Grad school can bring out the best and worst people. Being in my third year of it, I’ve seen lots of ups and downs. I’ve jumped with joy, trembled with terror, and cried my eyes out. I’ve uncovered an anxiety disorder, battled (consequent) insomnia, found the love […]
Tag: mental health
It may not be Mental Health Awareness Month Anymore, but the Eight are not done talking about mental health. Five of them sat down to discuss their experiences with anxiety earlier this week, and this is their talk:
Olivia Lindem: When did you realize you have anxiety? When did you decide to get help (if you did)?
- OL: I’ve had problems with anxiety my entire life, but I only managed to identify them as such towards the end of my undergraduate degree. I had always managed a high level of academic stress, obsessing over grades as a child and regularly pulling all nighters perfecting my work in high school. I thought this was absolutely normal and that stress was a constant necessity. After all, success needed to be earned. Unfortunately though, things got worse and worse over time and I found myself unable to sleep from anxiety-driven nightmares and would consequently stay awake until 4 or 5 in the morning on a regular basis, imagining the consequence of every single grade and piece of work. Any imagined mistake could be nothing but catastrophe. I was paralyzed out of fear and constantly feeling adrenaline rushes and feeling my pulse beating like mad. These feelings were familiar to me, especially around exams, but it wasn’t until lightheadedness, migraines, and a racing pulse became regular occurrences that I decided to reach out to my doctor and realized that what I was feeling wasn’t the normal level of stress that I thought it was. I learned that I didn’t have to live a life where I was constantly terrified of the 1001 bad possibilities that were constantly going through my head. It wasn’t until I got help that I realized that that horrible, burning, nauseating feeling I’d felt in my chest and stomach since I was a child was the result of anxiety and that some of my extreme reactions to things were panic attacks.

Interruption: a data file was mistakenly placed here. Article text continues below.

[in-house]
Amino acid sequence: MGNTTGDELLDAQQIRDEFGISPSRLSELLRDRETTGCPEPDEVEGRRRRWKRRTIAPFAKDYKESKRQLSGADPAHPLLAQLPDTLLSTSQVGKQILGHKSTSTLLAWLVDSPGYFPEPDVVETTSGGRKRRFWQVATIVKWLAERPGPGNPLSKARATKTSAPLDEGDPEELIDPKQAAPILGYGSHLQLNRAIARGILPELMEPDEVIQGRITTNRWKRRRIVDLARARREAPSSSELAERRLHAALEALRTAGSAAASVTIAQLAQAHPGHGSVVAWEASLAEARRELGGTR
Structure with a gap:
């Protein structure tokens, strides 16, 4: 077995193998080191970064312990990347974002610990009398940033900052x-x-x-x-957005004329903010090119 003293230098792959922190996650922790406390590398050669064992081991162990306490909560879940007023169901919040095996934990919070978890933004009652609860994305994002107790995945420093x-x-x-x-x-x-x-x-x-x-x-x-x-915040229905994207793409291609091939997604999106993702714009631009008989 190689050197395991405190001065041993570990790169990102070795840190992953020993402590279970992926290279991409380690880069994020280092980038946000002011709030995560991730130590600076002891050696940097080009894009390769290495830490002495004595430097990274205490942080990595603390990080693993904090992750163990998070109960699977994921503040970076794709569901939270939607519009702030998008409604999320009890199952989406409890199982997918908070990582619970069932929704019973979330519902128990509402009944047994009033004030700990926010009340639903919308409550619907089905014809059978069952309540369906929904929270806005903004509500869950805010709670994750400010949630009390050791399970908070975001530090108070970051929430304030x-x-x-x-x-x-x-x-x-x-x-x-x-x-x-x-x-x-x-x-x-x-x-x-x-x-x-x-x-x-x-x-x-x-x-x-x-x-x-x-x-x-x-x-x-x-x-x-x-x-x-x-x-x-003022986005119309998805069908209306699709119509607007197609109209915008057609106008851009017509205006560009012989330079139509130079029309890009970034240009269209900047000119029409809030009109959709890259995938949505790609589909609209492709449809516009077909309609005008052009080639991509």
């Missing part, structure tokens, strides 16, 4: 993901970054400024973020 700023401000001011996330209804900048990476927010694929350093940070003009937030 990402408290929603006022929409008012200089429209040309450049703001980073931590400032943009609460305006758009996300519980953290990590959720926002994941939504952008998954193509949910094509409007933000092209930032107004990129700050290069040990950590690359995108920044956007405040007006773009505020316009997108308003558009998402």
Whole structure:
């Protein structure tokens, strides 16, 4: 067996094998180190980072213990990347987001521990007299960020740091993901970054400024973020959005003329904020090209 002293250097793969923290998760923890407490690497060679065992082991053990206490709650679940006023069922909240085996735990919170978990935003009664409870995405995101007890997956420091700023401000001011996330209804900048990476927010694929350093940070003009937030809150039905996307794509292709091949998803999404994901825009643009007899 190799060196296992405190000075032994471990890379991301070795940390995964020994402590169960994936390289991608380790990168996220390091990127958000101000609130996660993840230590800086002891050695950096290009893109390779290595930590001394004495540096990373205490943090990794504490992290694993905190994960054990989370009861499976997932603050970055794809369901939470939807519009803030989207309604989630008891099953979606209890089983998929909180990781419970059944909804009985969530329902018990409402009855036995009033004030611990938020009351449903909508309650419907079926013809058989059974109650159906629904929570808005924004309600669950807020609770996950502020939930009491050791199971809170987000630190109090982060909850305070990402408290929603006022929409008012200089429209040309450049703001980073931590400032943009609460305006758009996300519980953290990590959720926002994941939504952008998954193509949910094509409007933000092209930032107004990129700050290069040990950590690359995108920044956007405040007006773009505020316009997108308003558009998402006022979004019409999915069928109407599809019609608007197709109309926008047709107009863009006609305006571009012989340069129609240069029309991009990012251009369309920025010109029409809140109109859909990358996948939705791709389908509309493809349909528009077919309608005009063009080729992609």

- Amy Richardson: During my second year at uni my reaction to stress became seriously debilitating, and then I started to experience the same symptoms for no apparent reason. The moment I realised it was a serious issue was when I found myself physically unable to leave my bedroom one evening and go downstairs to cook dinner or get a drink, even though I was hungry and thirsty. I called my parents, and even their offer of ordering me a pizza didn’t help because I couldn’t face going downstairs to answer the door. I could hear my housemates laughing in the living room and the thought of seeing one of them was simply the most terrifying thing to me. As soon as I was able to talk to people again, I sought counselling through my university, but it wasn’t helpful and I had a breakdown that summer and nearly dropped out. Luckily I found a way to manage my anxiety on my own and can now recognise when I’m in a bad patch and put strategies in place to help myself through it.